Steakhouse looking for a new dessert - (We're Steak Guys, not Pastry Chefs!!)- ideas?

Discussion in 'New User Introductions' started by carnivorous1, Oct 4, 2001.

  1. carnivorous1

    carnivorous1

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    Desserts have always been a dilema at my restaurant (we're a N.Y.C steakhouse seriously commited to a "high" prime beef program with dry aging on premises). Our kitchen consists of line cooks with limited knowledge of baking (preparation time is also a challenge - we average 500 covers a day and can do up to 1,000). With a concept as simple as the classic Amerecian Steakhouse, our focus is on using only the best ingredients available to us. I'd like to come up with a dessert that our line cooks may only have to prepare a few times a week that utilizes great ingredients, without being to "foofoo", while producing a WOW effect at the table. I would greatly appreciate any input or ideas that any of you may have.
     
  2. anneke

    anneke

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    What about bread pudding? Whenever I'm with a group of friends, it always seems very popular with the boys. It can also be dressed up to look spectacular, and I'm sure you could experiment with a variety of flavours.
     
  3. coolj

    coolj

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    Fruit cobbler or crumble

    Cream pies, very simple, just make vanilla pastry cream and make your variations from there.

    Vanilla ice cream topped with sliced almond s and cinnamon sugar

    Rice pudding.

    Hope this helps a bit.
     
  4. pollyg

    pollyg

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    A 'stack' made by sandwiching poached fruit and quenellesof sweetened marscapone with sugar biscuits/wafers/tuilles etc.
    Tira-mi-su is gorgeous and easy as are individual meringues piled up with whipped cream and berry sauce.
    Good luck.
     
  5. kuan

    kuan Moderator Staff Member

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    Hmm... I get it. Since I figure the attention span of your line cooks to be about 10 minutes, and the skill level to be not too high, here's a quick chocolate mousse. I'll even provide the recipe in cook terms.

    1) Get some semi-sweet chocolate chips.
    2) Get a scale
    3) Weigh out an equal amount of chips and heavy cream.
    4) Heat the cream on the stove till it almost boils and pour it over the chocolate chips. Stir it till it melts and add some vanilla or some kind of liquor.
    5) Get the same amount of heavy cream and whip it up.
    6) stir fold stir fold stif fold
    7) Transfer to individual serving cups and allow to firm up, about a coupla hours.
    8) Serve it up.

    Since quarts are the easiest to work with, the ingredients will be 2 quarts of heavy cream, and about 2 pounds of chocolate.

    Kuan
     
  6. w.debord

    w.debord

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    As a pastry chef who needed the hot line to put out my stuff I know what you mean!

    Here's a couple things that worked well for me:

    Fresh fruit gratins. 2 ways to approach it. Both use an assortment of season fresh fruit cut bite size. The easiest is a light pastry cream with marscapone folded into it. You dollop that ontop of your fruit and carmelize some sugar on top. It's much like a lighted creme brulee with fruit (Big seller for me).
    Another way, is a frozen lemon disk of mousse you place in a ramikin cook 8 min. at 400, place fruit around sides, drizzle with orange sauce. Both gratins work well into the line cooks way of working.

    Granites (frozen ices)work well. They are extremely easy to make and dish up and there hip right now. Lots of flavors...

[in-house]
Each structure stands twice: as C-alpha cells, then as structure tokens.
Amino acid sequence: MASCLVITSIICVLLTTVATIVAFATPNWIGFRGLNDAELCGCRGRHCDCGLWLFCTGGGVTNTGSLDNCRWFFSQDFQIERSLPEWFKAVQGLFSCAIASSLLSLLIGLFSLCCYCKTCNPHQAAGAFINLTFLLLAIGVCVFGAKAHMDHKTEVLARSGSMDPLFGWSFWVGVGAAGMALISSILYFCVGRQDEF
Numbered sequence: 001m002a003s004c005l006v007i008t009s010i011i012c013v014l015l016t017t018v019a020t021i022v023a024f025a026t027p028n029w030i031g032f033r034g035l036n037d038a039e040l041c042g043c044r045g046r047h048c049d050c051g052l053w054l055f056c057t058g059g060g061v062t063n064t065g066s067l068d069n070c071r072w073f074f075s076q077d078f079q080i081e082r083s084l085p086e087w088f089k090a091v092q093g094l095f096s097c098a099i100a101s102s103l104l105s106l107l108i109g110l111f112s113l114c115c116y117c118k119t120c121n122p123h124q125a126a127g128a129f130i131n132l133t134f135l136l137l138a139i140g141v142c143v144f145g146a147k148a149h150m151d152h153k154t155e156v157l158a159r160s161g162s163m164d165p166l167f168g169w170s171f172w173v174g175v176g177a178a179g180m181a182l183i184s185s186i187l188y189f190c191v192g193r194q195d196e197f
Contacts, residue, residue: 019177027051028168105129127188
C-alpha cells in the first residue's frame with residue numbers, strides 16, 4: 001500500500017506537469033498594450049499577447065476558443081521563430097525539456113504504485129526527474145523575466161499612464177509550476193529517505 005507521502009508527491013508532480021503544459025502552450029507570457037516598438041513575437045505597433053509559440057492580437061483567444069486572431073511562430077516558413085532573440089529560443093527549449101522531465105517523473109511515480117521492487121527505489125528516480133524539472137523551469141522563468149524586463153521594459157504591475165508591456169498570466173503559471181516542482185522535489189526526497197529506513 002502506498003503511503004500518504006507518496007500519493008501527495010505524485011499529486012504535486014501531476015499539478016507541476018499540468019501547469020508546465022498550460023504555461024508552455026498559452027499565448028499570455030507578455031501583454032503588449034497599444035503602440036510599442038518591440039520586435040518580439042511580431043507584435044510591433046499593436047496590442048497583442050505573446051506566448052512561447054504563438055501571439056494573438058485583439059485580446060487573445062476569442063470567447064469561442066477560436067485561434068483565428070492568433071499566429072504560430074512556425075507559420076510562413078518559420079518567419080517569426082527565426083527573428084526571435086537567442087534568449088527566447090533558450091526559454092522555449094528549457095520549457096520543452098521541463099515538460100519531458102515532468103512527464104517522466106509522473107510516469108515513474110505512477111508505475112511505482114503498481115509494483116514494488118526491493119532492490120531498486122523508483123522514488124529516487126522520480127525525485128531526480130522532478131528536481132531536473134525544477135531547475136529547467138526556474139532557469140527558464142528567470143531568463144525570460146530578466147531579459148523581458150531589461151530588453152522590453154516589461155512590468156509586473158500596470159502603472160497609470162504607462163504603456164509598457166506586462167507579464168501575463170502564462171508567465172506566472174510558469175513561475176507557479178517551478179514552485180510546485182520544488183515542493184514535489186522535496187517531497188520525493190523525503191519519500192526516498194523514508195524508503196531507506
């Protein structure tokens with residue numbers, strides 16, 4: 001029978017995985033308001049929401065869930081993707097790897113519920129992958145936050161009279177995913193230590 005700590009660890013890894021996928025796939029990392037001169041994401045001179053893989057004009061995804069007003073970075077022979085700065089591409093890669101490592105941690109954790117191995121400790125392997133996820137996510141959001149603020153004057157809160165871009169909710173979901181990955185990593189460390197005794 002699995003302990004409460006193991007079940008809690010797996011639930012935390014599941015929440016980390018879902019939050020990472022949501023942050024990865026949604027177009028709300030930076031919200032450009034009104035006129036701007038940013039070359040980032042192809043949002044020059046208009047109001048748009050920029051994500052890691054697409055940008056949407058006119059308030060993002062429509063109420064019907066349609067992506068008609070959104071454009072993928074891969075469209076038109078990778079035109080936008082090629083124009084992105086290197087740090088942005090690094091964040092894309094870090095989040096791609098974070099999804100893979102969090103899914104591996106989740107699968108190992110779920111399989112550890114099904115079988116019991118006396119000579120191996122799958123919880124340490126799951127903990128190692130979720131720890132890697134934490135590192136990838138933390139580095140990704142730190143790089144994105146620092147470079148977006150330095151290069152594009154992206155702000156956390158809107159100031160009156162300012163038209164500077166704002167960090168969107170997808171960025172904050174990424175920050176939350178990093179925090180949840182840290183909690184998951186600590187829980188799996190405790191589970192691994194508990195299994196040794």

fried ice cream always a big seller (maybe too big of a seller for your operation)

    There are several things you can make using cake mixes that are simple and your customer wouldn't even know a mix was involved. Like an upside down cakes, pear and spice cake or chocolate fudge cake...

    icecream tira mi su (using coffee icecream and vanilla sheet cakes)

    semifreddos layered with cake, frozen in hotel pans, then you just scoop and you get both mixed nicely. Or a tortoni which is pretty much a semifreddo with toffee, fruit or chocolate folded into it

    Anything flambe' like bananas foster line guys like to make but it's hard to get a consisitant product unless you make them portion out their ingred.

    Chocolate fondue is basic. A ganche scented with any flavored liqiour then chunks of fruit, pound cake or whatevers on hand. You don't need fondue pots...coffee cups or soup cup work fine.

    Frozen souffles are actually quite easy.

    These are just a few items off the top of my head. I'll some back and post more if I think about it. I can help you with recipes if you need them.

    Hey, here's the best advice of all, hire a pastry chef, why should it be any different than having a line cook....most of us can cook and prep. too (if needed)? Dessert counts too, it's the last thing your cleint remembers and it sets the tone for their next visit. A decent pastry person (not doing anything complicated) will easily increase sales enough to pay their way.
    ;)
     
  7. chefmajik

    chefmajik

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    Whatelse to go with a classic steakhouse but classic Cheesecake Brulee with Blueberry coulis.... very simple! :rolleyes:
     
  8. foodnfoto

    foodnfoto

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    Try Mile High Mud Pie-
    Chocolate cookie crust (you can buy them premade) pile it with really good coffee ice cream, top with chopped walnuts or pecans. Keep it frozen, you can make enough for a week in about 2 hours. When ordered, cut a slice (8/pie)
    drench it it chocolate sauce and whipped cream. The steak lovin' guys will go wild for it.
    Also try really perfect, big slices of apple pie, hot, with a hunk of cheddar cheese (or ice cream, yawn) on the side. Great as an end to a steak dinner. You can probably contract with a bakery around town to supply you.Though I have to say, good double crust fruit pie is hard to find in NYC-too much other froo-froo added and pie crusts tend toward the more dressed up and cakey as opposed to simple and flakey with lots of fruit.